The term “green” evokes a wide array of meanings, spanning political ideology, lifestyle choices, and climate change. So when businesses hear the term green, it’s no wonder there’s so much confusion.
Here are three trends where green is a key element, but not the key driver.
Sharing Is Changing Consumption and Commerce
The sharing economy permeates nearly every facet of every industry. From cars to the driveways left empty when they’re gone, the Internet has made it easier than ever to sell idle resources. Lisa Gansky, one of the catalysts helping companies tap into sharing, describes a perfect storm of accessible data, the open Web, and connected communities as a “cocktail” being tested by businesses in every vertical.
Companies should be looking inward at their own idle resources and figuring out how to provide that information to other businesses, or municipalities. New revenue streams will come from services that can be reconfigured or modified to operate within these sharing communities and networks.
“Data is a kind of connective tissue and when we liberate data (between communities, companies, investors, governments), we play better, faster,” Gansky said in a recent interview. She says that sharing is being accelerated by the next big social network, and it’s not Facebook. It’s the neighborhood.
The Economist built on that notion in a recent profile of the sharing economy’s impact: “The idea of renting from a person rather than a faceless company will survive, even if the early idealism of the sharing economy does not.”
Tapping Into Greener Transportation
Businesses are finding ways to tie into the rise of walk-able communities. Marketing opportunities are everywhere as smartphones become more connected to the open data available on the Web. Companies like RideScout can now deliver multiple transit options to its users, whether they prefer pedicabs or Car2Go.
The transparency of transit data has much larger implications, especially when it comes to cities. That’s one of the areas where opportunity exists for small business. Faced with rising populations, traffic congestion and parking woes, city officials are taking matters into their own hands.
Portland is a prime example, highlighted in a recent CitiWire article: “It has a 35-year-old urban growth boundary to curb sprawl, plus America’s only regional governance structure. It leads in transportation – not just regional light rail but America’s first streetcar service of recent times.”
That’s an approach that should buoy businesses in every sector, certainly ones that adapt their products and services to complement the urban density model that continues to develop. It’s an obvious step to see all sorts of businesses eventually appear alongside the bus routes on RideScout’s app.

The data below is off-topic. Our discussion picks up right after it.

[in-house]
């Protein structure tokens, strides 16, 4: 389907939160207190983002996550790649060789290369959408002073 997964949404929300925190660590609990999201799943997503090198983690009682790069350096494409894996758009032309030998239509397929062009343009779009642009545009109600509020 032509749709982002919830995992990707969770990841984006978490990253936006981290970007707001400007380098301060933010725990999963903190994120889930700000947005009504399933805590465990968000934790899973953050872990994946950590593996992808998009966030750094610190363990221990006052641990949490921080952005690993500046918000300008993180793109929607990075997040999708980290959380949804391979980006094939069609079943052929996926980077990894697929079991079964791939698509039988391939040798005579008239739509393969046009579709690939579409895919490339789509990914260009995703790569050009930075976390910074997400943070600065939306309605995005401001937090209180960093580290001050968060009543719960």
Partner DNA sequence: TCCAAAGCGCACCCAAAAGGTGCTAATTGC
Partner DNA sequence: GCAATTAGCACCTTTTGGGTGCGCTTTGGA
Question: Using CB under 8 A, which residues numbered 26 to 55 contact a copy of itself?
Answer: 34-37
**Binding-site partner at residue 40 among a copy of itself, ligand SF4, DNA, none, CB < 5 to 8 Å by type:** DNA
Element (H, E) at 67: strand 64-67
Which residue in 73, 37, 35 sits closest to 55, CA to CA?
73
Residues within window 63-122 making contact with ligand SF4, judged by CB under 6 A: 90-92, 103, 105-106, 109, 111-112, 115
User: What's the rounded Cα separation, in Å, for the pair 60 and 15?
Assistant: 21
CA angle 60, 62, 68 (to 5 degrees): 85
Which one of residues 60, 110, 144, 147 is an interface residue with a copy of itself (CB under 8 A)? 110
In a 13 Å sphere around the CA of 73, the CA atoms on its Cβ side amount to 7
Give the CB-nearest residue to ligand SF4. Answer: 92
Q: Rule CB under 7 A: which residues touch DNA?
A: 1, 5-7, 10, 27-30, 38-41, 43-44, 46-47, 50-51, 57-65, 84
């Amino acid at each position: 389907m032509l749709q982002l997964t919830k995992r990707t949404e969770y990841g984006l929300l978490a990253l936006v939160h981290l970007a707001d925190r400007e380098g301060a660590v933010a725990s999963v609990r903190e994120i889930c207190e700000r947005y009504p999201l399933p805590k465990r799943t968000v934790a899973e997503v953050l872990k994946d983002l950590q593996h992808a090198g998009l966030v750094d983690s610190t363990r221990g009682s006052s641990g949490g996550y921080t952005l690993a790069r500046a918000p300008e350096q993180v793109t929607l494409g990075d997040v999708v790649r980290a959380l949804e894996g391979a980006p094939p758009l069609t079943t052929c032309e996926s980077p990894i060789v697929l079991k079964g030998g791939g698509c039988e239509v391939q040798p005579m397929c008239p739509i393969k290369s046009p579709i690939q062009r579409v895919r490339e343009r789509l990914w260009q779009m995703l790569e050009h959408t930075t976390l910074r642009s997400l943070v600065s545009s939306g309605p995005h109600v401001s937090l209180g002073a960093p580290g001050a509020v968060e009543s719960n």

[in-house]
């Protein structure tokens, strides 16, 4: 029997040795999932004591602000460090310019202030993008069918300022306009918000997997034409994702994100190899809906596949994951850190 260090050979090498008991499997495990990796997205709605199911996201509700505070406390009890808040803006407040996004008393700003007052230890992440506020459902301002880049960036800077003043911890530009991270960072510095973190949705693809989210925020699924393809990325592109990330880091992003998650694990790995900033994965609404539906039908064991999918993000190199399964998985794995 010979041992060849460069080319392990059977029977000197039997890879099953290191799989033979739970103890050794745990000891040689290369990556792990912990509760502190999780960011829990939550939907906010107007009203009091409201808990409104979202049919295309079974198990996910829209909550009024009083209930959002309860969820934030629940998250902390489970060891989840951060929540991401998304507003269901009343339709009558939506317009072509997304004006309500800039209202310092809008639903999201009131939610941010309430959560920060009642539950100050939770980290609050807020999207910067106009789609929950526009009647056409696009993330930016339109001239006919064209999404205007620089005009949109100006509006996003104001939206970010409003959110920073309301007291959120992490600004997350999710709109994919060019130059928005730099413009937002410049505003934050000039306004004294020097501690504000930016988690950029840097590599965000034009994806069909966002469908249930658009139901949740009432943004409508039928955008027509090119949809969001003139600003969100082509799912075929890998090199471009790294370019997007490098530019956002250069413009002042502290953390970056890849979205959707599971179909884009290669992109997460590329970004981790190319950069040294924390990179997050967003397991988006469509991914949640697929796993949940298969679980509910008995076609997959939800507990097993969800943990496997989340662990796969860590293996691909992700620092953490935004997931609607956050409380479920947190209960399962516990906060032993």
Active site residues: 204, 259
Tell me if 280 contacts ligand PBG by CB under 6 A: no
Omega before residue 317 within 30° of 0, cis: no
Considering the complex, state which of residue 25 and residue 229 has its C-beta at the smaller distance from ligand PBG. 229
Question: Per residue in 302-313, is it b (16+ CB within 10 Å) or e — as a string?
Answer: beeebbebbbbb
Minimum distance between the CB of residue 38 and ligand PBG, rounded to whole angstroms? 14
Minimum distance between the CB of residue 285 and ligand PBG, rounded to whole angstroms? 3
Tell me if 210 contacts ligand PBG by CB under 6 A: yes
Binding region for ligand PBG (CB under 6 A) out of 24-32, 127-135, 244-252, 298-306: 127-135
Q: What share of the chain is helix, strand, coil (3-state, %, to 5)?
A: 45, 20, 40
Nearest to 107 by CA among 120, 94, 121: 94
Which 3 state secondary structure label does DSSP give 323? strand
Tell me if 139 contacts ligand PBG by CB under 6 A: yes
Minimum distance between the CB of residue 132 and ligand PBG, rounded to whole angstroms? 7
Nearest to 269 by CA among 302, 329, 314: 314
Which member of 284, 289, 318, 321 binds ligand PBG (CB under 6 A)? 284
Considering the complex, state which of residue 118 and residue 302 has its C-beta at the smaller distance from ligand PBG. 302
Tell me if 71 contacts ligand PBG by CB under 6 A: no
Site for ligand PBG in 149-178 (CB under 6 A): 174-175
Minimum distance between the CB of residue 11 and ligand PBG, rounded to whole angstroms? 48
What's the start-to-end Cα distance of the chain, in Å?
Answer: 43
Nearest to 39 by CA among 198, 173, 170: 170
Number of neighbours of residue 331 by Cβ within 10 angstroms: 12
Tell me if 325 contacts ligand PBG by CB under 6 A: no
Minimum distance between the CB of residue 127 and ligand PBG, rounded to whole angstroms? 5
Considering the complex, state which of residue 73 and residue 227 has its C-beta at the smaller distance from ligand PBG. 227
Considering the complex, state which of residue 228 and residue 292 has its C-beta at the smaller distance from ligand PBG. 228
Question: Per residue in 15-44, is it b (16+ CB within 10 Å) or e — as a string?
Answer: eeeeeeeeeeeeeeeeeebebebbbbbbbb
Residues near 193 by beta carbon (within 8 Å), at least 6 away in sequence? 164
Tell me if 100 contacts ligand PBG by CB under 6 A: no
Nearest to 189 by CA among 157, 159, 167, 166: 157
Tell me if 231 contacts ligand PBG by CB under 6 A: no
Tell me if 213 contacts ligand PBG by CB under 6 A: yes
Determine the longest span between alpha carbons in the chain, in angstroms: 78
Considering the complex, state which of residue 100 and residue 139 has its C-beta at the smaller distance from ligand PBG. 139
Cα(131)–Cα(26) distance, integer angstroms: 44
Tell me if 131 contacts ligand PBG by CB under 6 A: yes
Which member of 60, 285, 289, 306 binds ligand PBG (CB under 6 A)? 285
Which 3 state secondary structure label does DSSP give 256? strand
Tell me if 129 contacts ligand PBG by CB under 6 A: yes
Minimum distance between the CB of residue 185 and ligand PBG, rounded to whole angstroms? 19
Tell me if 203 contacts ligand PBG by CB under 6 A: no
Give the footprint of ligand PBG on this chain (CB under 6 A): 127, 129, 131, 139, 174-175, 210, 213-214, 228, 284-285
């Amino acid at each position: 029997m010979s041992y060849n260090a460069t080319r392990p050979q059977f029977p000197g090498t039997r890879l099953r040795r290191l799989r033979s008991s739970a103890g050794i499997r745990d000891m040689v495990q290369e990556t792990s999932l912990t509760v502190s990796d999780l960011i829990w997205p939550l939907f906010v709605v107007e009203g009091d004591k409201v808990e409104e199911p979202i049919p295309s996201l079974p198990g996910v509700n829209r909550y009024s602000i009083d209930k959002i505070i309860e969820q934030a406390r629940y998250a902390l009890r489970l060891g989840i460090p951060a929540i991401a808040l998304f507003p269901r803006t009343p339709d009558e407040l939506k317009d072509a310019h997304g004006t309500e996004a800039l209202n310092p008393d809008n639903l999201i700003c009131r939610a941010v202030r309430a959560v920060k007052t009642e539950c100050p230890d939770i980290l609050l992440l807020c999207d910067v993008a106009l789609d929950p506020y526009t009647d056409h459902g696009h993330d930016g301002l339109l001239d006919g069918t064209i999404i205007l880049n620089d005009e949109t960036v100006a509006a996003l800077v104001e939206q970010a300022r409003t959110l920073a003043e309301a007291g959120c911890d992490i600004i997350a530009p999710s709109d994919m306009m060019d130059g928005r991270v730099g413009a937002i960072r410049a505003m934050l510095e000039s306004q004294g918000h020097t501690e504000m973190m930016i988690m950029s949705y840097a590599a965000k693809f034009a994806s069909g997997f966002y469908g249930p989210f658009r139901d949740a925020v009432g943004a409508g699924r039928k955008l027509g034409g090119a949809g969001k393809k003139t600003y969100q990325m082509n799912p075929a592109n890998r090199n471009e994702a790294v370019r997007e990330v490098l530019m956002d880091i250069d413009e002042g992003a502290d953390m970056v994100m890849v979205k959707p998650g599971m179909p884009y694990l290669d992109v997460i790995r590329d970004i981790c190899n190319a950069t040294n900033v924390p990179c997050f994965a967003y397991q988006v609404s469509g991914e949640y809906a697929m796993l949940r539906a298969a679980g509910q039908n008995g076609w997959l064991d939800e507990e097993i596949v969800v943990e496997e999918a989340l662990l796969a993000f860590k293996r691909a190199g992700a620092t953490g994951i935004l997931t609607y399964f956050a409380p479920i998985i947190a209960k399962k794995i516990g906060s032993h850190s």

The nation’s capital has similar initiatives for which sustainable transportation is the centerpiece of economic development.
The CitiWire article goes on to report, “[Washington D.C.] Mayor Vincent Gray has just unveiled proposals to create the ‘healthiest, greenest and most livable’ city in America with a raft of measures to curb energy use, reduce traffic and boost use of fresh fruits and vegetables. By 2032, a quarter of all commuter trips would be by bike or foot and at least half by public transit. Major chunks of energy would be delivered from nearby wind farms.”
Other cities are sure to follow as fuel prices rise, populations increase, and better infrastructure emerges. Businesses that capitalize on these trends will reap the early awards.
The Built Environment and Boosting Your Profile
Improving productivity and differentiating your business are constant challenges. An easy way to boost both is by plugging into the green building movement. Aligning with local providers that can help with energy rebates can easily spur some economic gains. Beyond the numbers, productivity can also be lifted through smarter and more efficient design. Healthier employees are happier and more productive.
A recent New York Times article highlighted research from an affordable housing community in Seattle that showed how small changes can have big effects. Spurred by medical research, a local coalition of architects, designers and citizen-led groups were able to impact asthma rates within 60 “Breathe Easy Homes” with better air filters, less carpet, and low-allergen landscaping.
The Times reports, “A study in 2010 performed by the University of Washington School of Public Health found that the Breathe Easy residents had reduced emergency room and urgent care visits by 67% and that symptom-free days had increased by 61%. As designers, that was the first time that we had really seen a direct relationship shown between the built environment and the health of residents.”
It’s easy to see how that could translate to your workplace.
Another project that promotes healthy work sites is the Sustainable Sites Initiative (SITES), an organization started to accelerate best practices in sustainable land development and management. It has pilot projects across the country that are taking green spaces beyond atria and waterfalls.
By using SSI’s framework for “healthy ecosystems,” commercial businesses can cut costs and drive efficiency with better land-use decisions. Whether it’s a restaurant, corporate campus, or small business, standards are emerging to address everything from native landscapes and irrigation, to zero waste and air quality.
The U.S. Green Building Council (USGBC), an SSI partner, says it anticipates certain guidelines and benchmarks might be included in future iterations of the LEED(Leadership in Energy and Environmental Design) Green Building Rating System.
USGB’s commitment shows how the big picture is starting to play out for businesses in every industry. Companies of all sizes are being judged not only by how much they’re growing, but how that growth impacts surrounding communities.
This article first appeared in Forbes.